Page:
Our middle school learners were at Gandhi Smriti today to learn language skills in the context of an important freedom movement. Britishers had forced upon Indigo plantation on Indian farmers for their commercial pursuit that led to starvation and uprising of farmers in Bengal (1858) and later in Champaran, Bihar (1917) under Gandhiji’s leadership. Today marked an important step in their appreciation of the movement and many Gandhian ideas. Every child brought a story about a significant individual or an event related to independence. An appreciation of the context was made by reading the following poetry and sketching the emotion expressed.
BY CHITRA BANERJEE DIVAKARUNI
The fields flame with it, endless, blue
as cobra poison. It has entered our blood
and pulses up our veins
like night. There is no other color.
The planter’s whip
splits open the flesh of our faces,
a blue liquid light trickles
through the fingers. Blue dyes the lungs
when we breathe. Only the obstinate eyes
refuse to forget where once the rice
parted the earth’s moist skin
and pushed up reed by reed,
green, then rippled gold
like the Arhiyal’s waves. Stitched
into our eyelids, the broken dark,
the torches of the planter’s men, fire
walling like a tidal wave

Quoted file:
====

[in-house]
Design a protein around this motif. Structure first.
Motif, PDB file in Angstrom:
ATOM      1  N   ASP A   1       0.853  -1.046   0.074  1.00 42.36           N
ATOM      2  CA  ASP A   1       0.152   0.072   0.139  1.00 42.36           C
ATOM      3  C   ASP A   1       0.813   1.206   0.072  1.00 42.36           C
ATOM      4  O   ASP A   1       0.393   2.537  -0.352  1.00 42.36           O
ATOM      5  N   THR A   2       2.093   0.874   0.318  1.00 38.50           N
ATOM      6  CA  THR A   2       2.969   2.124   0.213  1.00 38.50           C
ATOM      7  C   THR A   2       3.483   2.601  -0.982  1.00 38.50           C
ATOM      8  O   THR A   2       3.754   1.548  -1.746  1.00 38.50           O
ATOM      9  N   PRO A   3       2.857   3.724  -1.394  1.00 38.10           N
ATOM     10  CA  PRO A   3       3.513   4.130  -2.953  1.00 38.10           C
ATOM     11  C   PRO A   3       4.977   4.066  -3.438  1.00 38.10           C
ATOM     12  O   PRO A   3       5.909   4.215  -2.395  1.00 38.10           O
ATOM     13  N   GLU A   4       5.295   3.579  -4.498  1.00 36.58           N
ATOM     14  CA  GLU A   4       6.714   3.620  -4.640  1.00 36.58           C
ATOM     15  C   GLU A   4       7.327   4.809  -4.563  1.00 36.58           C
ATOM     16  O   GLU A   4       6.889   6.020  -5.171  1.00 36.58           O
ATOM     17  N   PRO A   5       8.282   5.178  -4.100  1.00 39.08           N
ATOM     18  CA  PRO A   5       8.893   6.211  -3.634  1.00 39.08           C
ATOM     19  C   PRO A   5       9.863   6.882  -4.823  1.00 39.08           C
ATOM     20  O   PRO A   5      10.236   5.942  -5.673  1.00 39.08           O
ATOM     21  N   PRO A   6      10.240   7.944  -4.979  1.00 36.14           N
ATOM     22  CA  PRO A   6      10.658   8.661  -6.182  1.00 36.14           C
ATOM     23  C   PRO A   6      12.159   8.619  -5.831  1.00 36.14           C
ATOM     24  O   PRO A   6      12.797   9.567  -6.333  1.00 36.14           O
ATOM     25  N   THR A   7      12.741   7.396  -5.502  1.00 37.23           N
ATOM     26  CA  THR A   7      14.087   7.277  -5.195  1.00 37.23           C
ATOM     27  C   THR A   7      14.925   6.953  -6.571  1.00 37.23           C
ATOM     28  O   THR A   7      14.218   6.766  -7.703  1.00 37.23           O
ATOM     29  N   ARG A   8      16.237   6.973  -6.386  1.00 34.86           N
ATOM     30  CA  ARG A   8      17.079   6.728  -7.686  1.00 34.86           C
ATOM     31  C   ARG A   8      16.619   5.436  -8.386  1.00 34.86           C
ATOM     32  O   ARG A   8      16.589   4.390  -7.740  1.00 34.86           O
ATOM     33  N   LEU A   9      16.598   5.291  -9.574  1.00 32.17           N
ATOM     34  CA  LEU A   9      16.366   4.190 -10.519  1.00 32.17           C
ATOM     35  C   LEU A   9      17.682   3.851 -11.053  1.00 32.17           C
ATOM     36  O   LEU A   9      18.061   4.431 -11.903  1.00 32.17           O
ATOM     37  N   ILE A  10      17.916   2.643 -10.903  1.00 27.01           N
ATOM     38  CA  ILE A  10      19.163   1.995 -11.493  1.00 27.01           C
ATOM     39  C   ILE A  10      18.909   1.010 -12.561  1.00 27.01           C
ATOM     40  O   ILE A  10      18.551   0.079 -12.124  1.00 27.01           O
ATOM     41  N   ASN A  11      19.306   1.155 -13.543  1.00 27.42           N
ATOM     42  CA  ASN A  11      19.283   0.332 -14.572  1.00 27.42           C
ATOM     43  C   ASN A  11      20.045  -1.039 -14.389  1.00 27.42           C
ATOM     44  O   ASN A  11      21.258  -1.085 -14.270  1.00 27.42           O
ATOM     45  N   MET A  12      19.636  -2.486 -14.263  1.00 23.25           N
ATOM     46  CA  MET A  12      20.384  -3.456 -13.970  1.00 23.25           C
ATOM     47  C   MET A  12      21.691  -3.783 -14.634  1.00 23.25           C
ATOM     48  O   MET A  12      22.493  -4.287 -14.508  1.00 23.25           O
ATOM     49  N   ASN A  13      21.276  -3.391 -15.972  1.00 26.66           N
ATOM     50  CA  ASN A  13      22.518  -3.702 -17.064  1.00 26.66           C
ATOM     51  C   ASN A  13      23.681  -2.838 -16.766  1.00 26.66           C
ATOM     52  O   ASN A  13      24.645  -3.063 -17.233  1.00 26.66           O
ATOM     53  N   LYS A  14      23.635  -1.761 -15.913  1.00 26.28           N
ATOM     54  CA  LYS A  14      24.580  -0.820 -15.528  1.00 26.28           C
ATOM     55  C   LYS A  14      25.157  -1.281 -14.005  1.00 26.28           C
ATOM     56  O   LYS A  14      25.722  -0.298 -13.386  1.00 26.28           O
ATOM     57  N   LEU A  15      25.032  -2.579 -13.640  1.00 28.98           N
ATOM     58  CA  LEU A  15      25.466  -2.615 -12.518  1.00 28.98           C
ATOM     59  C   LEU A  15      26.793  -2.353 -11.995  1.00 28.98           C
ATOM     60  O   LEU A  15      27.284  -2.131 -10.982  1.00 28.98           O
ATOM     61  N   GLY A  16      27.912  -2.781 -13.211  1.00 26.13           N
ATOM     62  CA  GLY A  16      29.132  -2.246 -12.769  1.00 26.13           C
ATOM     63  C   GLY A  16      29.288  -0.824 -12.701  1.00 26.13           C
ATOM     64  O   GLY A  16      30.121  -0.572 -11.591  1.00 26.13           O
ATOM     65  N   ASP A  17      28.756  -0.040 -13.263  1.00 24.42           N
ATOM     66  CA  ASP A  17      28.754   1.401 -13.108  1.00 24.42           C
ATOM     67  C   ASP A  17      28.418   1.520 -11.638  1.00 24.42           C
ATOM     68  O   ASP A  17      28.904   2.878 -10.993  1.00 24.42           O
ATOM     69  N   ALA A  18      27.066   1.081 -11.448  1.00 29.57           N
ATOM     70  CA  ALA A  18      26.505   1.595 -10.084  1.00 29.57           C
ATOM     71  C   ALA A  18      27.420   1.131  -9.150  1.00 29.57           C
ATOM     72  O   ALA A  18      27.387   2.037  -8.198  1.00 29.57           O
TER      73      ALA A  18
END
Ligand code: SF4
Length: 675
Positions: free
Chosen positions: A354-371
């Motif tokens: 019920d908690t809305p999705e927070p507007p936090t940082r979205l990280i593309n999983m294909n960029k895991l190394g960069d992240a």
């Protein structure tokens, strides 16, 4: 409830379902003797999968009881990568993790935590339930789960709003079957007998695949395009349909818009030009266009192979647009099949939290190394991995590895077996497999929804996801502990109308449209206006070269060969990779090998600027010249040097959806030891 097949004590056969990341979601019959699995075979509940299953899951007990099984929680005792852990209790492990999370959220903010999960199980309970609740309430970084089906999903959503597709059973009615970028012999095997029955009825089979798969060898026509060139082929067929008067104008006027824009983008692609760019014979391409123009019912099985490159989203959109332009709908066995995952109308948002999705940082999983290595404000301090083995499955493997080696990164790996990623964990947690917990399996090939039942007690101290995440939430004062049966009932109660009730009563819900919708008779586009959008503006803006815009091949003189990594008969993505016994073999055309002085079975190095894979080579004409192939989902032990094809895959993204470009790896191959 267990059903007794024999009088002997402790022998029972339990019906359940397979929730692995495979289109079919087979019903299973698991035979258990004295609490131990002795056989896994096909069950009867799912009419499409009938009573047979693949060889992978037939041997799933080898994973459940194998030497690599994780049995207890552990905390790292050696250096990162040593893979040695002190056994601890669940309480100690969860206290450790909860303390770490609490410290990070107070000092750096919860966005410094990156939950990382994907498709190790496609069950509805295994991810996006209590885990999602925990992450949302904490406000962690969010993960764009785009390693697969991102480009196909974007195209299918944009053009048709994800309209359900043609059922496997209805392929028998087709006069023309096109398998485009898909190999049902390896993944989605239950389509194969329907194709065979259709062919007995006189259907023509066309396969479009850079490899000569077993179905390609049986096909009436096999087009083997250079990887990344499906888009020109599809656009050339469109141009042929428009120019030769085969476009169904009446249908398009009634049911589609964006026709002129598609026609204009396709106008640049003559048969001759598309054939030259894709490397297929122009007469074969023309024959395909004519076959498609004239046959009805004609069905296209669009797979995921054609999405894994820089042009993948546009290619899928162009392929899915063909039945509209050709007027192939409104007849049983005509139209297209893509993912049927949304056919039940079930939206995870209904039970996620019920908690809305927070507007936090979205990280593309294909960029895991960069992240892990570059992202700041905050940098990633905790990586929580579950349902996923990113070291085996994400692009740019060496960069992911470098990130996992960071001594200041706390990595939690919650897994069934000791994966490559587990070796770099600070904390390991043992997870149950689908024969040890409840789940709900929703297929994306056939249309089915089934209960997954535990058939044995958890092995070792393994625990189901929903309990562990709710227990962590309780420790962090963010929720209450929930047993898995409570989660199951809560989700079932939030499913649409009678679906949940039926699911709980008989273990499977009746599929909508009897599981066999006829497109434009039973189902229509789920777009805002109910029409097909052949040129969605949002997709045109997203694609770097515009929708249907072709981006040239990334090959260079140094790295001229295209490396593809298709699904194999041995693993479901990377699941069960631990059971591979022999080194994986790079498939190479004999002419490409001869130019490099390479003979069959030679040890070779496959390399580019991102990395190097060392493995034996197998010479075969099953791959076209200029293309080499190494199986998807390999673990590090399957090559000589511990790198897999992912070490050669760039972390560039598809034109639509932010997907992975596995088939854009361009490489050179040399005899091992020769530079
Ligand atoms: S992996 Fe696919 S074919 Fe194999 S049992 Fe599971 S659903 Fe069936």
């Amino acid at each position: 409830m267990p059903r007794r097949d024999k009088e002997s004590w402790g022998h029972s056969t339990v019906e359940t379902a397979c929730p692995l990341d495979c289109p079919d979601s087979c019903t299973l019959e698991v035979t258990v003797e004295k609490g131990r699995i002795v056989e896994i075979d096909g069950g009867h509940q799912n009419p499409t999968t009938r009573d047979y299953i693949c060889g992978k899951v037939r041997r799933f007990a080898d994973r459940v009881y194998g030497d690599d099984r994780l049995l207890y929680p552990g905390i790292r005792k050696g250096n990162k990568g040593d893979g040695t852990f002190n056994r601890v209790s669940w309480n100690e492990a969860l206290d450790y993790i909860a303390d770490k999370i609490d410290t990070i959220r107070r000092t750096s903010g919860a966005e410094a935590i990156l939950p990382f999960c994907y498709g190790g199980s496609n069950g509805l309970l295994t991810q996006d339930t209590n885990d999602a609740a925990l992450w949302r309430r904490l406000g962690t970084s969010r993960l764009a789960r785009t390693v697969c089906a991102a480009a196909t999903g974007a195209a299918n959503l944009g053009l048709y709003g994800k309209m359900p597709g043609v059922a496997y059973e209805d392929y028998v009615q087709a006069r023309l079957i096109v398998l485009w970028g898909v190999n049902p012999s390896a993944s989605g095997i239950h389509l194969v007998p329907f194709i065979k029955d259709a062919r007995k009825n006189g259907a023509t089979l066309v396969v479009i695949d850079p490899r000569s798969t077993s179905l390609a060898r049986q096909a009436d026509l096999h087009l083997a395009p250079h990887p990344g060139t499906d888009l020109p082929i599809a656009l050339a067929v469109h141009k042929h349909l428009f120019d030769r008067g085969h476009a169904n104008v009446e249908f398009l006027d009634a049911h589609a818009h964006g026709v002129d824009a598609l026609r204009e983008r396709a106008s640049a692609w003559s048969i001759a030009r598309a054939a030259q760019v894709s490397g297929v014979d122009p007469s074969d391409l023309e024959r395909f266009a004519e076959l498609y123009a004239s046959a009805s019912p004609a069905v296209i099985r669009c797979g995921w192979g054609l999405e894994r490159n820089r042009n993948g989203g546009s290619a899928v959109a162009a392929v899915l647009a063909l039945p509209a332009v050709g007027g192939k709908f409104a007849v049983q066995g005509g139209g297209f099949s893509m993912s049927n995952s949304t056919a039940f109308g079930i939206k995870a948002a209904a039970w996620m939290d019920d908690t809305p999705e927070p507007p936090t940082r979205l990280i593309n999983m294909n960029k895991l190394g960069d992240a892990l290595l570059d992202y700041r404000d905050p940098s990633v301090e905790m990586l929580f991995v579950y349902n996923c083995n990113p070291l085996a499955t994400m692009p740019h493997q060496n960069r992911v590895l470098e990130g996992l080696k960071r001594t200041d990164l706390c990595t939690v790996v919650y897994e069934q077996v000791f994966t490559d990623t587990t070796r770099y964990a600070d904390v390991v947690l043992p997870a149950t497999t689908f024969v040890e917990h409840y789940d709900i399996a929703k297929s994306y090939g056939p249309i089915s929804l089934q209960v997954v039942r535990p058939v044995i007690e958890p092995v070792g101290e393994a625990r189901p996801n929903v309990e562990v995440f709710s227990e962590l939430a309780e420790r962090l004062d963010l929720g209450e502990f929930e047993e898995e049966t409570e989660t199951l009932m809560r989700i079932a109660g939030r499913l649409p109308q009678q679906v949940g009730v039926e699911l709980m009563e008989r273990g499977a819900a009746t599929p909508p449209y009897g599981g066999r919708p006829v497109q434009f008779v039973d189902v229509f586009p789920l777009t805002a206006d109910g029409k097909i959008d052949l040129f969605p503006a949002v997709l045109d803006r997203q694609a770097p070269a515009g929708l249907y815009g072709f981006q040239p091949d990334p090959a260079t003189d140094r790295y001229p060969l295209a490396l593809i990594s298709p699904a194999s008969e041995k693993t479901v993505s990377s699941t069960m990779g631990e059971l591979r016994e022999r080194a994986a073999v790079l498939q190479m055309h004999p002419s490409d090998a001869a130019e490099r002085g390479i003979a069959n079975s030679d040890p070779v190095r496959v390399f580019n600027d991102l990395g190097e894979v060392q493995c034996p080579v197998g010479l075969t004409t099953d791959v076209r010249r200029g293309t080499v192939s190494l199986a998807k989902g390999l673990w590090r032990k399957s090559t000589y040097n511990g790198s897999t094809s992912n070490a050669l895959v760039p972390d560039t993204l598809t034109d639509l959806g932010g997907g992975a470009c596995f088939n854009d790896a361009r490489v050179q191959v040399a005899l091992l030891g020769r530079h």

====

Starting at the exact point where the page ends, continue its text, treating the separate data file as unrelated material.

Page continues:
over our huts, ripe charred grain
that smelled like flesh. And the wind
screaming in the voices of women
dragged to the plantation,
feet, hair, torn breasts.
In the worksheds, we dip our hands,
their violent forever blue,
in the dye, pack it in great embossed chests
for the East India Company.
Our ankles gleam thin blue from the chains.
After that night
many of the women killed themselves.
Drowning was the easiest.
Sometimes the Arhiyal gave us back
the naked, swollen bodies, the faces
eaten by fish. We hold on
to red, the color of their saris,
the marriage mark on their foreheads,
we hold it carefully inside
our blue skulls, like a man
in the cold Paush night
holds in his cupped palms a spark,
its welcome scorch,
feeds it his foggy breath till he can set it down
in the right place,
to blaze up and burst
like the hot heart of a star
over the whole horizon,
a burning so beautiful you want it
to never end.